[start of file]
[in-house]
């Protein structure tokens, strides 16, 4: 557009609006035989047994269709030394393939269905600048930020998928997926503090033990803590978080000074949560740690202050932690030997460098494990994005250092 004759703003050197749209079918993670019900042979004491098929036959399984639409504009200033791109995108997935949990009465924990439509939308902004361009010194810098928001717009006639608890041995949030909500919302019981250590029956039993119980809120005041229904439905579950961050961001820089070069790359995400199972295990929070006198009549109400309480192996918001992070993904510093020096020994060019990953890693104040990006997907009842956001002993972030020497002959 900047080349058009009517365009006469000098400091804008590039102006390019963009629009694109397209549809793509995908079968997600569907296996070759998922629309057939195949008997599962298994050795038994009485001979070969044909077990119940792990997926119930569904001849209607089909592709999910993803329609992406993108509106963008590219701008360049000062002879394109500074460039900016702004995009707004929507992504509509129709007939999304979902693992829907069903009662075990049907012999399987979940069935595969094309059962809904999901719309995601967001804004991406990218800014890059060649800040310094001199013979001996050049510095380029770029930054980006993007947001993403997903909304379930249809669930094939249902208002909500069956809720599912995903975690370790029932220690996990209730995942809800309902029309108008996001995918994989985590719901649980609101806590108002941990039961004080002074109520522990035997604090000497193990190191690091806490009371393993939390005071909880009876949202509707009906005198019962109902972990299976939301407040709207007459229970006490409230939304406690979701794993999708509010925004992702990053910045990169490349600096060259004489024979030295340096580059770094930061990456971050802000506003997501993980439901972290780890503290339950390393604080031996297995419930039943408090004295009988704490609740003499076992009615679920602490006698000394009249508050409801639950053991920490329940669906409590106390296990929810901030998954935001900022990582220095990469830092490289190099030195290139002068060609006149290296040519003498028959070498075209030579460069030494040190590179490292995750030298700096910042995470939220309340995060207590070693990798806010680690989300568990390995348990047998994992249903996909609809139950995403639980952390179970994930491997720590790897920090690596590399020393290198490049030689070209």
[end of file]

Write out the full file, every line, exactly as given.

[in-house]
């Protein structure tokens, strides 16, 4: 557009609006035989047994269709030394393939269905600048930020998928997926503090033990803590978080000074949560740690202050932690030997460098494990994005250092 004759703003050197749209079918993670019900042979004491098929036959399984639409504009200033791109995108997935949990009465924990439509939308902004361009010194810098928001717009006639608890041995949030909500919302019981250590029956039993119980809120005041229904439905579950961050961001820089070069790359995400199972295990929070006198009549109400309480192996918001992070993904510093020096020994060019990953890693104040990006997907009842956001002993972030020497002959 900047080349058009009517365009006469000098400091804008590039102006390019963009629009694109397209549809793509995908079968997600569907296996070759998922629309057939195949008997599962298994050795038994009485001979070969044909077990119940792990997926119930569904001849209607089909592709999910993803329609992406993108509106963008590219701008360049000062002879394109500074460039900016702004995009707004929507992504509509129709007939999304979902693992829907069903009662075990049907012999399987979940069935595969094309059962809904999901719309995601967001804004991406990218800014890059060649800040310094001199013979001996050049510095380029770029930054980006993007947001993403997903909304379930249809669930094939249902208002909500069956809720599912995903975690370790029932220690996990209730995942809800309902029309108008996001995918994989985590719901649980609101806590108002941990039961004080002074109520522990035997604090000497193990190191690091806490009371393993939390005071909880009876949202509707009906005198019962109902972990299976939301407040709207007459229970006490409230939304406690979701794993999708509010925004992702990053910045990169490349600096060259004489024979030295340096580059770094930061990456971050802000506003997501993980439901972290780890503290339950390393604080031996297995419930039943408090004295009988704490609740003499076992009615679920602490006698000394009249508050409801639950053991920490329940669906409590106390296990929810901030998954935001900022990582220095990469830092490289190099030195290139002068060609006149290296040519003498028959070498075209030579460069030494040190590179490292995750030298700096910042995470939220309340995060207590070693990798806010680690989300568990390995348990047998994992249903996909609809139950995403639980952390179970994930491997720590790897920090690596590399020393290198490049030689070209």